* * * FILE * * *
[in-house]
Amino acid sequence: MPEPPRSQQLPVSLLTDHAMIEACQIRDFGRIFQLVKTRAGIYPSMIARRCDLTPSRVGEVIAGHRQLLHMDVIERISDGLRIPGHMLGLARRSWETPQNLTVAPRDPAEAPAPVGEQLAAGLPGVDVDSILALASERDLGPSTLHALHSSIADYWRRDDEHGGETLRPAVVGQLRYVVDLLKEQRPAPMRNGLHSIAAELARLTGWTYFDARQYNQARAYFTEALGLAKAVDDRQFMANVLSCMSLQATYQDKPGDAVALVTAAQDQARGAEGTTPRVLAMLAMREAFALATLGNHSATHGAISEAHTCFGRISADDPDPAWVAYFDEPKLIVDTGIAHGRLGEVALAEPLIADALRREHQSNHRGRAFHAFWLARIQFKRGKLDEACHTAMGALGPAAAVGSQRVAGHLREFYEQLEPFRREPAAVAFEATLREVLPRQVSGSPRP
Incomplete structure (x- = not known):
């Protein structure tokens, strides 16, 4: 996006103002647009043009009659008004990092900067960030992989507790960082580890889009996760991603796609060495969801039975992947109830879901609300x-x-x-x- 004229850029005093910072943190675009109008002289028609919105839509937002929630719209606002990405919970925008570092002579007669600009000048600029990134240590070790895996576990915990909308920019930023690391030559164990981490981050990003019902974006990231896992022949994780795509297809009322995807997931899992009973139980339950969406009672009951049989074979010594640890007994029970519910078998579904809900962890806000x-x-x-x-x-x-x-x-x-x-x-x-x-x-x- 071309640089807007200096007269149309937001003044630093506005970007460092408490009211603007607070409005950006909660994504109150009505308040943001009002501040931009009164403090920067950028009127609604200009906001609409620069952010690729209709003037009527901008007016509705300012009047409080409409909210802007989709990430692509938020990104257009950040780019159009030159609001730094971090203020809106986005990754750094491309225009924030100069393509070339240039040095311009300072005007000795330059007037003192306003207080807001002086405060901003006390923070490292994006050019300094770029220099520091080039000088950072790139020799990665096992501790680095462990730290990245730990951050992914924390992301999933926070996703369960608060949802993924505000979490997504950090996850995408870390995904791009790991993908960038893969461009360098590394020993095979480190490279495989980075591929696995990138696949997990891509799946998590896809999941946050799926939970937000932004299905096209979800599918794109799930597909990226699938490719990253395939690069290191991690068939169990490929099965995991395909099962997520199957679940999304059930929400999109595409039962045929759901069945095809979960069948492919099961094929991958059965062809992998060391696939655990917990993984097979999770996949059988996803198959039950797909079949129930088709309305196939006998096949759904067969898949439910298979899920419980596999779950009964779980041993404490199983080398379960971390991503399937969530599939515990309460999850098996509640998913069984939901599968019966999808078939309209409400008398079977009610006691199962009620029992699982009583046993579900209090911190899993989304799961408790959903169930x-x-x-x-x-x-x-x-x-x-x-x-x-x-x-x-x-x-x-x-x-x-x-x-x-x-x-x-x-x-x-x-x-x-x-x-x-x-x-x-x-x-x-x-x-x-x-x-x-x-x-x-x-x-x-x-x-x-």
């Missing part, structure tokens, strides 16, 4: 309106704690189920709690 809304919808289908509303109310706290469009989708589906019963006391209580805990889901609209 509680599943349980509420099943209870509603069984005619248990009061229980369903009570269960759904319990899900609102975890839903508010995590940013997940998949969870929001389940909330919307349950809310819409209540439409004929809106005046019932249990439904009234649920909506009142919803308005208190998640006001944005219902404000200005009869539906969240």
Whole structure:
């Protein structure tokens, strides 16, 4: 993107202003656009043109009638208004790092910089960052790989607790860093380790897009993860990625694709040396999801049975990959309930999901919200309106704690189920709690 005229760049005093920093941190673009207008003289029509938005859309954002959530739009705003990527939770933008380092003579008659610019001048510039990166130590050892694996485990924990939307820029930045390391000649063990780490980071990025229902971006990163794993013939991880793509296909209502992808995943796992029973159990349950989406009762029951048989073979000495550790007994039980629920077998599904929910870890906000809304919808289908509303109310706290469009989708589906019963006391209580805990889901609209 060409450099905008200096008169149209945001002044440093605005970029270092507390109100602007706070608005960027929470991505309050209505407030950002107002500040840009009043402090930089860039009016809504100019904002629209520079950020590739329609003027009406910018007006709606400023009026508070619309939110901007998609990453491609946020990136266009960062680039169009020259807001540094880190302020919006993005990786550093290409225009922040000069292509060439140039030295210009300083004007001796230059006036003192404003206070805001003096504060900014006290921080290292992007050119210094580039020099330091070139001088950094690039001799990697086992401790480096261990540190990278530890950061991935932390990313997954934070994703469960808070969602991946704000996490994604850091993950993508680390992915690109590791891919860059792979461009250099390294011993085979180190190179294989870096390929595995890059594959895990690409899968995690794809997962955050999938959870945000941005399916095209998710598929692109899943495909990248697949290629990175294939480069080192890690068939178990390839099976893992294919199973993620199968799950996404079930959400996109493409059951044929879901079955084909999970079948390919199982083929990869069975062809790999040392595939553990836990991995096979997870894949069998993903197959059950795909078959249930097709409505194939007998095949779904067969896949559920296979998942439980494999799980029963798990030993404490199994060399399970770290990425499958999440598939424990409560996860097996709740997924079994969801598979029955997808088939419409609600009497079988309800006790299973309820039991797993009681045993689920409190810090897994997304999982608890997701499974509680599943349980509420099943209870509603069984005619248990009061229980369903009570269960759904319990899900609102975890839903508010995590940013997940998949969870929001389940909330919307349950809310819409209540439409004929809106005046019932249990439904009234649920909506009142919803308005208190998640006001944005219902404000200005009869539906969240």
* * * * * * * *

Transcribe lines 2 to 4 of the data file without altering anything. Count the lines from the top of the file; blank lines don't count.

Amino acid sequence: MPEPPRSQQLPVSLLTDHAMIEACQIRDFGRIFQLVKTRAGIYPSMIARRCDLTPSRVGEVIAGHRQLLHMDVIERISDGLRIPGHMLGLARRSWETPQNLTVAPRDPAEAPAPVGEQLAAGLPGVDVDSILALASERDLGPSTLHALHSSIADYWRRDDEHGGETLRPAVVGQLRYVVDLLKEQRPAPMRNGLHSIAAELARLTGWTYFDARQYNQARAYFTEALGLAKAVDDRQFMANVLSCMSLQATYQDKPGDAVALVTAAQDQARGAEGTTPRVLAMLAMREAFALATLGNHSATHGAISEAHTCFGRISADDPDPAWVAYFDEPKLIVDTGIAHGRLGEVALAEPLIADALRREHQSNHRGRAFHAFWLARIQFKRGKLDEACHTAMGALGPAAAVGSQRVAGHLREFYEQLEPFRREPAAVAFEATLREVLPRQVSGSPRP
Incomplete structure (x- = not known):
């Protein structure tokens, strides 16, 4: 996006103002647009043009009659008004990092900067960030992989507790960082580890889009996760991603796609060495969801039975992947109830879901609300x-x-x-x- 004229850029005093910072943190675009109008002289028609919105839509937002929630719209606002990405919970925008570092002579007669600009000048600029990134240590070790895996576990915990909308920019930023690391030559164990981490981050990003019902974006990231896992022949994780795509297809009322995807997931899992009973139980339950969406009672009951049989074979010594640890007994029970519910078998579904809900962890806000x-x-x-x-x-x-x-x-x-x-x-x-x-x-x- 071309640089807007200096007269149309937001003044630093506005970007460092408490009211603007607070409005950006909660994504109150009505308040943001009002501040931009009164403090920067950028009127609604200009906001609409620069952010690729209709003037009527901008007016509705300012009047409080409409909210802007989709990430692509938020990104257009950040780019159009030159609001730094971090203020809106986005990754750094491309225009924030100069393509070339240039040095311009300072005007000795330059007037003192306003207080807001002086405060901003006390923070490292994006050019300094770029220099520091080039000088950072790139020799990665096992501790680095462990730290990245730990951050992914924390992301999933926070996703369960608060949802993924505000979490997504950090996850995408870390995904791009790991993908960038893969461009360098590394020993095979480190490279495989980075591929696995990138696949997990891509799946998590896809999941946050799926939970937000932004299905096209979800599918794109799930597909990226699938490719990253395939690069290191991690068939169990490929099965995991395909099962997520199957679940999304059930929400999109595409039962045929759901069945095809979960069948492919099961094929991958059965062809992998060391696939655990917990993984097979999770996949059988996803198959039950797909079949129930088709309305196939006998096949759904067969898949439910298979899920419980596999779950009964779980041993404490199983080398379960971390991503399937969530599939515990309460999850098996509640998913069984939901599968019966999808078939309209409400008398079977009610006691199962009620029992699982009583046993579900209090911190899993989304799961408790959903169930x-x-x-x-x-x-x-x-x-x-x-x-x-x-x-x-x-x-x-x-x-x-x-x-x-x-x-x-x-x-x-x-x-x-x-x-x-x-x-x-x-x-x-x-x-x-x-x-x-x-x-x-x-x-x-x-x-x-």